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Copperplate script

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Title: Copperplate script  
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Subject: H. G. Wells, Fountain pen, Regional handwriting variation, Copperplate, Ming (typefaces), Western calligraphy, Italic script, Timothy Matlack, Writing implement, Platt Rogers Spencer
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Copperplate script

Not to be confused with Copperplate Gothic.


Copperplate, or English round hand, is a style of calligraphic writing, using a sharp pointed nib instead of the flat nib used in most calligraphic writing. Its name comes from the fact that the copybooks from which students learned it were printed from etched copper plates.[1] Copperplate script was prevalent in the 19th century, but was used as early as the 16th century in Europe. As a result, the term "copperplate" is mostly used to refer to any old-fashioned, tidy handwriting.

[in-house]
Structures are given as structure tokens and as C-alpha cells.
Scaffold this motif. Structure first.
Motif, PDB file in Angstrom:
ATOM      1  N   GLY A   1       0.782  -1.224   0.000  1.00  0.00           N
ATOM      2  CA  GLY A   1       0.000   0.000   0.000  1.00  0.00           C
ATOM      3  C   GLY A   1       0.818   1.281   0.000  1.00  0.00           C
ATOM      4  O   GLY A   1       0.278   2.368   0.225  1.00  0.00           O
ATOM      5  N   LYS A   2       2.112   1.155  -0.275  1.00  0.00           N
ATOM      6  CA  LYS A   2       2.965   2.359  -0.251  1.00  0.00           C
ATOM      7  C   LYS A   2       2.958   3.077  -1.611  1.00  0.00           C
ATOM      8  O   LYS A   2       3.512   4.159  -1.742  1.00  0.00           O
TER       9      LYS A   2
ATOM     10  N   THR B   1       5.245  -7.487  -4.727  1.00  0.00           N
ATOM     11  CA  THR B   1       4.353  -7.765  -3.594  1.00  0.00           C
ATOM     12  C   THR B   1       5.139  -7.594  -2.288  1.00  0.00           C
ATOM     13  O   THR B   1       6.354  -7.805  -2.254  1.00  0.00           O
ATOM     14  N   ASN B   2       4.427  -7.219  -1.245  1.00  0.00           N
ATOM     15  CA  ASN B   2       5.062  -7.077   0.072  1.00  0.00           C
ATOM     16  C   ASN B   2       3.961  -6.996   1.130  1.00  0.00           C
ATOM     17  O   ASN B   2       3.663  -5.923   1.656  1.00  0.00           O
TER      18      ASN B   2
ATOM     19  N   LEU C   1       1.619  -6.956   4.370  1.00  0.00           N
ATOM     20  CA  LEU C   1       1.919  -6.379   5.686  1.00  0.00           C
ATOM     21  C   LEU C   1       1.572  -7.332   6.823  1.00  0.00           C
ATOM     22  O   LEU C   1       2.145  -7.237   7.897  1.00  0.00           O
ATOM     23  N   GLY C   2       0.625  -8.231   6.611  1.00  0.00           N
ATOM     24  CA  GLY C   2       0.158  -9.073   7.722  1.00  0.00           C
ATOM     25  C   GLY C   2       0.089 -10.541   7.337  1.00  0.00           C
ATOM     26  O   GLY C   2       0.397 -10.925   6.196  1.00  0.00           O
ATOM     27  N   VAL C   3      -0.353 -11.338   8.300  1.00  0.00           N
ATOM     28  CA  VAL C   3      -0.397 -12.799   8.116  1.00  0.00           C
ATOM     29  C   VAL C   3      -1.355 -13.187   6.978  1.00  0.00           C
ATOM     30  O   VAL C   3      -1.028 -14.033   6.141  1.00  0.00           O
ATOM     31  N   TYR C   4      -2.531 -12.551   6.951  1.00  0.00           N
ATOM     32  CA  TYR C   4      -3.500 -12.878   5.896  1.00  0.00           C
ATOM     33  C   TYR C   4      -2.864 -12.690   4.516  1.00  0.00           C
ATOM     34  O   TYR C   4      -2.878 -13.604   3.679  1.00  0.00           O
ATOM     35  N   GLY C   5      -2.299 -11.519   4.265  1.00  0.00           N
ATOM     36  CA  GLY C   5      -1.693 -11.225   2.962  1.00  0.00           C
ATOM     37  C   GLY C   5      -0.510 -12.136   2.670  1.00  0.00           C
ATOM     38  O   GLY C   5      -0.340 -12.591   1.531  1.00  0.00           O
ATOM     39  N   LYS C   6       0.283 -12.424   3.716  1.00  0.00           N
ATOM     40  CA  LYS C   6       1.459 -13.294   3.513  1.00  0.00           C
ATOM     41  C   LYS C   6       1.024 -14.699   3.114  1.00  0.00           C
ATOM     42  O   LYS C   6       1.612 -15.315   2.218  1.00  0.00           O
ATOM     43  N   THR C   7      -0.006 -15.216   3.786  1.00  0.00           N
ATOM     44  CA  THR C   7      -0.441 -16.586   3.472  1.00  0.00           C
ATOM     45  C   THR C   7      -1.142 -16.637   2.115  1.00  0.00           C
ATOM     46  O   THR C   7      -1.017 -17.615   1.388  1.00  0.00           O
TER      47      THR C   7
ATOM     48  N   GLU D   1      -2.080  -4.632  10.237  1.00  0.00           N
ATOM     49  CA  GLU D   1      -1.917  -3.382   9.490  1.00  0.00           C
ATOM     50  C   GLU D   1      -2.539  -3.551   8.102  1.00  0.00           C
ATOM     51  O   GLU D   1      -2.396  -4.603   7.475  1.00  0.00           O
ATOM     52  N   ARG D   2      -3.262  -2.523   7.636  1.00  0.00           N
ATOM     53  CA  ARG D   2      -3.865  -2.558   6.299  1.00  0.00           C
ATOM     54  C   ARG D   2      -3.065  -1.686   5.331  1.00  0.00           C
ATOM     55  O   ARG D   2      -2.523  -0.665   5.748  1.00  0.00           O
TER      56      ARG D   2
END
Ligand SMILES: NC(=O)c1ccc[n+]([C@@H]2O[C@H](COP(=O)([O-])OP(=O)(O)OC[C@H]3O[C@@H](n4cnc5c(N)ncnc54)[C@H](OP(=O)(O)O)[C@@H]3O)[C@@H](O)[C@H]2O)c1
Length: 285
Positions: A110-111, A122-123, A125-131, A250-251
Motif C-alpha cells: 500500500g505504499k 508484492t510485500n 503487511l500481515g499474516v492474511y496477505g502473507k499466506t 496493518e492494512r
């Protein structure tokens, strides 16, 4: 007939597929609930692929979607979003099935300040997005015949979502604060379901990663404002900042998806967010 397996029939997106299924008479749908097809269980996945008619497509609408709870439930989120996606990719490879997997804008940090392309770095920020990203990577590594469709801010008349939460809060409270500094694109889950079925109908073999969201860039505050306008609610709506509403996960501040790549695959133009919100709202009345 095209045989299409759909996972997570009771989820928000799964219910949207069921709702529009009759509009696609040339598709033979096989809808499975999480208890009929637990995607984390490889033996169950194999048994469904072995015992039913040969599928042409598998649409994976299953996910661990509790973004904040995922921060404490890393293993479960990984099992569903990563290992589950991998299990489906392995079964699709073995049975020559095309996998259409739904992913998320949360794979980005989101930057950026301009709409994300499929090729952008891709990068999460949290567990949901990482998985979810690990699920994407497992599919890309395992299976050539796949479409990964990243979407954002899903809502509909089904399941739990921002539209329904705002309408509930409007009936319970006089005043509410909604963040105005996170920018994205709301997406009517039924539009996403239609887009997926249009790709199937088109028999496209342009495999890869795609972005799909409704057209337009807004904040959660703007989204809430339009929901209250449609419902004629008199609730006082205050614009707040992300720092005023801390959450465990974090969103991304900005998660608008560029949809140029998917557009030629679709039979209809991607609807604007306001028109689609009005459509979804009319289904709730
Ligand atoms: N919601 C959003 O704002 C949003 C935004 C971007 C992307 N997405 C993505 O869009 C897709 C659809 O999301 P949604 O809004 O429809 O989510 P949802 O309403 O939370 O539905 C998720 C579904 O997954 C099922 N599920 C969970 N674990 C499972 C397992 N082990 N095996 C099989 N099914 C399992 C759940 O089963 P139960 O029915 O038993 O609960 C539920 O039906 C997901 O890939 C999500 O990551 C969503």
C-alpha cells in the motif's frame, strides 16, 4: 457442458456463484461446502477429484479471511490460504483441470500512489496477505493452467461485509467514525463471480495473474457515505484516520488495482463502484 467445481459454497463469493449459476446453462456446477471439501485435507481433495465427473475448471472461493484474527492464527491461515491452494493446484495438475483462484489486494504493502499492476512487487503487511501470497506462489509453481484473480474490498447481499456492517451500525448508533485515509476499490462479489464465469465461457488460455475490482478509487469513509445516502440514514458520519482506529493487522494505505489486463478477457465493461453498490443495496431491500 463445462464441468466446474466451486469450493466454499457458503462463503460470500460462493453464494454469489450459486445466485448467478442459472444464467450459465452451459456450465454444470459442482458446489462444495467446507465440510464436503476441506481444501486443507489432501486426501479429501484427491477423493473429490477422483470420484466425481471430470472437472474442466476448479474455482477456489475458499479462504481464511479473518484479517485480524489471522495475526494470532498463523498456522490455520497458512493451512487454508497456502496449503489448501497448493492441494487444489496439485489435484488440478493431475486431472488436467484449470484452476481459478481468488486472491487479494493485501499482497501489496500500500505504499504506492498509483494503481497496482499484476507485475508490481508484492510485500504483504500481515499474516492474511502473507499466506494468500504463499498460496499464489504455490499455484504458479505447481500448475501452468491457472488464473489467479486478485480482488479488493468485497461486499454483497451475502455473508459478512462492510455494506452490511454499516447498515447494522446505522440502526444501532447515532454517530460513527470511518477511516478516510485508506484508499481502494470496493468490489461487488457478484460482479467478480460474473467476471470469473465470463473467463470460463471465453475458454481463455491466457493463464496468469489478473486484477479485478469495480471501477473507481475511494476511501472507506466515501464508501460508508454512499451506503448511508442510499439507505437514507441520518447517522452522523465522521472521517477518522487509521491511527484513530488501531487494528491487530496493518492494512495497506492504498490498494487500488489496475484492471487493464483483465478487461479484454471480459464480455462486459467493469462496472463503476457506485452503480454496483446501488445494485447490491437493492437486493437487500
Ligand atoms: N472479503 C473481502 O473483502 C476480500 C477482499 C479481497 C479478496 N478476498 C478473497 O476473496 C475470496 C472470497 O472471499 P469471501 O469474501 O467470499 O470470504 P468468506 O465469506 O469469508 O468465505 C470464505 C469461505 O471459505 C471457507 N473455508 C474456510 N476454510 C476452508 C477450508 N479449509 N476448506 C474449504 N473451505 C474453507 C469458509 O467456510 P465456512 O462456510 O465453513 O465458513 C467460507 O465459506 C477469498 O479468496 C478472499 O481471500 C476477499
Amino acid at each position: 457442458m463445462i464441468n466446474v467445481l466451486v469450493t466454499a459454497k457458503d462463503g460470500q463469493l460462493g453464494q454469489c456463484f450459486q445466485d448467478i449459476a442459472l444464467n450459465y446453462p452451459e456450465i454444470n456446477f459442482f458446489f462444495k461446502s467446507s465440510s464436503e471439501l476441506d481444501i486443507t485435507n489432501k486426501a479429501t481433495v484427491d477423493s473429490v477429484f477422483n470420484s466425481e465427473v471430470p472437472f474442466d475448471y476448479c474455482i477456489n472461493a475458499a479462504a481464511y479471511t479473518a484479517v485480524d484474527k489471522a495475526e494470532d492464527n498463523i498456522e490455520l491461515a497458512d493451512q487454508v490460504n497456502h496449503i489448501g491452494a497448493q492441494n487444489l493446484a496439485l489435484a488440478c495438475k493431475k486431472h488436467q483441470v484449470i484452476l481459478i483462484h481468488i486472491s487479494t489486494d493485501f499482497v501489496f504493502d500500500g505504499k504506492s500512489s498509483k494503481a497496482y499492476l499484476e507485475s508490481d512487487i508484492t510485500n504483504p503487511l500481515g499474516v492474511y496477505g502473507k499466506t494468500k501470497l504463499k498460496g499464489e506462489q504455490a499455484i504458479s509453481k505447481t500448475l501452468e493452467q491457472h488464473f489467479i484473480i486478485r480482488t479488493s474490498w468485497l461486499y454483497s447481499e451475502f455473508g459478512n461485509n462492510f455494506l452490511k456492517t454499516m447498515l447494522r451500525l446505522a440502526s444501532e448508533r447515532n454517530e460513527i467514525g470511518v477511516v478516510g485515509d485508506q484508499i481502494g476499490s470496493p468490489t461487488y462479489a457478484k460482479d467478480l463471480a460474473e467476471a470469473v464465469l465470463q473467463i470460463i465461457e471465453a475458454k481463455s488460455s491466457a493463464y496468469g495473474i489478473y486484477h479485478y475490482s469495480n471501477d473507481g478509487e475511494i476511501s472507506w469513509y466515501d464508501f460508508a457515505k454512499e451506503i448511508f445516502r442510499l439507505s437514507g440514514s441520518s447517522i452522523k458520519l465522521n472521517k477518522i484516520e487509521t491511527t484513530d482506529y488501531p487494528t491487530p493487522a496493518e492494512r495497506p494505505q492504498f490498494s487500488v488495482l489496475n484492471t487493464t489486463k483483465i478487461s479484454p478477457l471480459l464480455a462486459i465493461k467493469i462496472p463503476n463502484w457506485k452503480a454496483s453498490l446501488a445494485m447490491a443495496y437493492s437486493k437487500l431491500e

This style of calligraphy is different from that produced by angled nibs in that the thickness of the stroke is determined by the pressure applied when writing, instead of nib angle in relation to the writing surface. All copperplate forms (minuscules, majuscules, numbers, and punctuation) are written at a letter slant of 55 degrees from the horizontal.[2]

In Australia in the 1960s, the state of Victoria prescribed a new form of handwriting which lacked the loops and curious capital letter forms that appear in standard cursive to be taught to children in government schools. This "copperplate" is sometimes understood to mean the old-fashioned cursive.

Americans are familiar with Copperplate chiefly because it is the style in which the body of the United States Declaration of Independence is printed.[3]

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